AURORA, Ohio – When Linda Priscilla cooked for 75 people for her mother’s 80th birthday 20 years ago, she had no idea that the holiday season would bring in business.
“I made lasagna, chicken parmesan and rigatoni and invited everyone over,” says Priscilla. “And everyone raved about the sauce. They were saying, ‘Take this to the market, this is a great thing.’ It took me a while, and then I talked to my husband about it and I said, ‘Yeah, that sounds like a good idea, I think we’ll do it.'”
Retirement was creeping up on Linda and her husband, Jim. They have forged ahead with the business, involving their grown children – their daughter is a designer who works on the labels, their son helps with store displays. Doing shows gets them out of the house, and they get a chance to meet people.
Things went according to plan.
My grandmother’s recipe makes a line of soups under the name Full Fork. The company sells four variations — spicy marinara, mild marinara (“the one with more meat in it,” she said), sweet basil marinara and traditional marinara. Pizza sauce coming soon.
The irony of all this is that Priscilla is not Italian. Well, maybe a trace according to the DNA test, she said, but she always liked Italian food.
Even when my husband and I were married, I always got Italian food whenever we went out. There was only one thing about Italian food. And to this day, I still love it. It was only one year that I could not eat any more Italian food, and we were trying to get this right to the market; I was eating a lot. Now we’re back on track, and I still love it.”
They founded the company 10 years ago. The following summer, they moved into Hainan, Jim said. They work out of their Aurora home. The soup is prepared in salt.
Priscilla worked in accounts receivable while Priscilla was an auto technician at the GM dealership in Bedford. He retired in 2018, she a year later. The retirement gig has grown, allowing more time to work on the sauce business, and they’re hoping to break into restaurants, they said.
But it all started at a party to honor Priscilla’s mother, Rosie.
“Everybody had a party,” Priscilla said. “Now they come. And don’t ask me why it’s all Italian. Everyone seems to love it too.
Priscilla is the owner of the company, her first food-business venture. Basil marinara is a top seller, she said, while spicy meat sauce is also doing well.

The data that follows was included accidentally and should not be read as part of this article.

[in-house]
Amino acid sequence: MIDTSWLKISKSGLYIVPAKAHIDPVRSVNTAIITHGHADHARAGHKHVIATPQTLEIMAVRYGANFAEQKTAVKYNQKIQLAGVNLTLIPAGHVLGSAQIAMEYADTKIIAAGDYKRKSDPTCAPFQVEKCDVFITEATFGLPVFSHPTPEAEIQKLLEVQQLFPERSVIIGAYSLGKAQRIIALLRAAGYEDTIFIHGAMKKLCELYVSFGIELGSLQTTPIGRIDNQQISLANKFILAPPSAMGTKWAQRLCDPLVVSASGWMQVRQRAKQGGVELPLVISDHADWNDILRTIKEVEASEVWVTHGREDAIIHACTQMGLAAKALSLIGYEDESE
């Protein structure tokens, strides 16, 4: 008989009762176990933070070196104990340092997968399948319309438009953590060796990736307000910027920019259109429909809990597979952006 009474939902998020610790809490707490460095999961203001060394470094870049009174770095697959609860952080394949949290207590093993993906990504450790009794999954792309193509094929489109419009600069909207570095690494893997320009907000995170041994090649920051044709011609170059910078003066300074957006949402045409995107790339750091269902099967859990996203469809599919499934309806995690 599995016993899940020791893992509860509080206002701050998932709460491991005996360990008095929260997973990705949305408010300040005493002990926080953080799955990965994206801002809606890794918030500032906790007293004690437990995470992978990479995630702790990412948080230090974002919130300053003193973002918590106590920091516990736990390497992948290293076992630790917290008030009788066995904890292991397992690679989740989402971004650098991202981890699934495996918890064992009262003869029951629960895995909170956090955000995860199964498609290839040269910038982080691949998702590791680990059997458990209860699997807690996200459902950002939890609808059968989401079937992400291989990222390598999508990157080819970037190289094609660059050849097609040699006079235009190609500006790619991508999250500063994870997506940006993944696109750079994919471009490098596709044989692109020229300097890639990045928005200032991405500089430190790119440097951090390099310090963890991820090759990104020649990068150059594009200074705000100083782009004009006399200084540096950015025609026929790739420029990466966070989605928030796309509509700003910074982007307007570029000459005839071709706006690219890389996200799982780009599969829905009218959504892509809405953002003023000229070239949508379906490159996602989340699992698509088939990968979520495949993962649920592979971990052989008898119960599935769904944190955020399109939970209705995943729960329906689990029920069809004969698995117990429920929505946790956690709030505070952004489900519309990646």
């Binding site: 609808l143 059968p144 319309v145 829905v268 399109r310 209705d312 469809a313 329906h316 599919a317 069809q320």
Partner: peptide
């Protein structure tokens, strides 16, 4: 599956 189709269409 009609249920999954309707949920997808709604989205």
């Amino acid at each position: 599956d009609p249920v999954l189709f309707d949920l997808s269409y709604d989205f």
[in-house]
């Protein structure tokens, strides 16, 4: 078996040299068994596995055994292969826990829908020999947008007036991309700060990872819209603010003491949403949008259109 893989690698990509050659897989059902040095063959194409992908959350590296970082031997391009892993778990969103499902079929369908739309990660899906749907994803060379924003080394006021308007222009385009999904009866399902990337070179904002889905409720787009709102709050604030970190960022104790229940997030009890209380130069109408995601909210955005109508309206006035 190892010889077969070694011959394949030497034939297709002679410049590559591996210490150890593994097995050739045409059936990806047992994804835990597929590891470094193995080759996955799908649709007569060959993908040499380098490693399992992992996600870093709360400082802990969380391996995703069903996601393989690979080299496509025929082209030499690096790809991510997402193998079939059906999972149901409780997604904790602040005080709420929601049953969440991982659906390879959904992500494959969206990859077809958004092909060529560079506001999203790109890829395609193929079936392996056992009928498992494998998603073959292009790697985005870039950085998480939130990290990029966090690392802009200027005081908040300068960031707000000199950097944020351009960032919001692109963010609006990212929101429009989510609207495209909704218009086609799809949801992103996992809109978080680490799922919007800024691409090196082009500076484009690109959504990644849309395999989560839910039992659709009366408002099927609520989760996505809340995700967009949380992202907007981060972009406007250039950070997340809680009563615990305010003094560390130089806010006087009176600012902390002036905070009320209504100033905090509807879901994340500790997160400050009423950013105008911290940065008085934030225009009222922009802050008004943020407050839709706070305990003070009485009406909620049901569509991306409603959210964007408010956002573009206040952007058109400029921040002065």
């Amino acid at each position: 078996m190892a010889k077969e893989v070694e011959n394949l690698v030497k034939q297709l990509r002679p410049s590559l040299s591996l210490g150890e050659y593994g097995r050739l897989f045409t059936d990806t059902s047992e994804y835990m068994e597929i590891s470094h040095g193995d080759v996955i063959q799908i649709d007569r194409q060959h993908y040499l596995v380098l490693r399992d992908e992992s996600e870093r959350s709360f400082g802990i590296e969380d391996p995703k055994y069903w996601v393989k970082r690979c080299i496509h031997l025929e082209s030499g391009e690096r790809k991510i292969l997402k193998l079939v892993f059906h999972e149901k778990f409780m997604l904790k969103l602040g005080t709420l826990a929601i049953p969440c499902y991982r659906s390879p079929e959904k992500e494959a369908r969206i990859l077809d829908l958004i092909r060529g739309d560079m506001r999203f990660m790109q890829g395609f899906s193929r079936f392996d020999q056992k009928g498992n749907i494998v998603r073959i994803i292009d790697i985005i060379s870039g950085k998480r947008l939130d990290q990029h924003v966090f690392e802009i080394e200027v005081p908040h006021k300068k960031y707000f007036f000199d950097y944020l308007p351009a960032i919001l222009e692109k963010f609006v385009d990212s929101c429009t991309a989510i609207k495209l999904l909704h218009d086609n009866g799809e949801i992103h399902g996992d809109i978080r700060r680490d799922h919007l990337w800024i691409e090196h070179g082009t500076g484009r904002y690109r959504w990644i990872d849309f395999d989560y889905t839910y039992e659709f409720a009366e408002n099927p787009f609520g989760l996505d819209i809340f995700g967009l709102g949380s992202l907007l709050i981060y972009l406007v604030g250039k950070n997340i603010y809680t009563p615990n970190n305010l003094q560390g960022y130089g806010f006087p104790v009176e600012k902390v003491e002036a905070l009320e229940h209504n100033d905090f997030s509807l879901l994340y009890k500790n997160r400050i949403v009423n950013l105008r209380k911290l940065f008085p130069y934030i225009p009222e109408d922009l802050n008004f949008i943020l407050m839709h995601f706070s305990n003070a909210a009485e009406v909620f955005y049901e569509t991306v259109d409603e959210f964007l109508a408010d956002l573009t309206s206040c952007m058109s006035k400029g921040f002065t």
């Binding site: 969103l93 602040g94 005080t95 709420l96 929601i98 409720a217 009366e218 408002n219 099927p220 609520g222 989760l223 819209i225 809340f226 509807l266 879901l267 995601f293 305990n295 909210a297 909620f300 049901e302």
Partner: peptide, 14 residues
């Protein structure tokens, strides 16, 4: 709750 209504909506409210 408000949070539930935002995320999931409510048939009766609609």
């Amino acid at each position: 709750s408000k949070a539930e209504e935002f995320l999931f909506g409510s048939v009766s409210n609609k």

The company’s name is a tribute to Rosie, who made the sauce, and her grandmother, Helen. Both were Eastern Europeans, Priscilla, from the former Yugoslavia. That nation, now divided into several independent states, lay east of Italy across the Adriatic Sea. This could be the Italian influence on the cooking.
“That whole Eastern European area, I think, was like a melting pot for a lot of different backgrounds,” says Jim Priscilla. “I think that’s where it all comes from, because it’s so diverse, you know, from Italy, Greece and Turkey, to France and Germany and everything. All those countries, it was such a mix of people.
The soup’s name, “Full Fork,” came after Priscilla and her son came up with about 100 different names in Columbus, she said.
“My son and I were very excited when we decided to start this business,” says Priscilla. “So we sat on the phone for over an hour throwing things out. And he said, ‘This is like a whole forkful of pasta sauce. It doesn’t go away when you light your fork. It is very beautiful and thick. So that was the reason we came up with ‘Full Fork’. “
That sauce is available at Heinen’s, several Giant Eagle Markets, Whole Foods, Dave’s Markets and many other stores. The couple said Meijer had also arrived and wanted a scone too.
I’m on cleveland.comLife & Culture group and cover food, beer, wine and sports related topics. If you want to see my stories Here’s a directory at cleveland.com.. WTAM-1100’s Bill Wills and I often talk over food and drinks on Thursday mornings at 8:20. Twitter: @mbona30.
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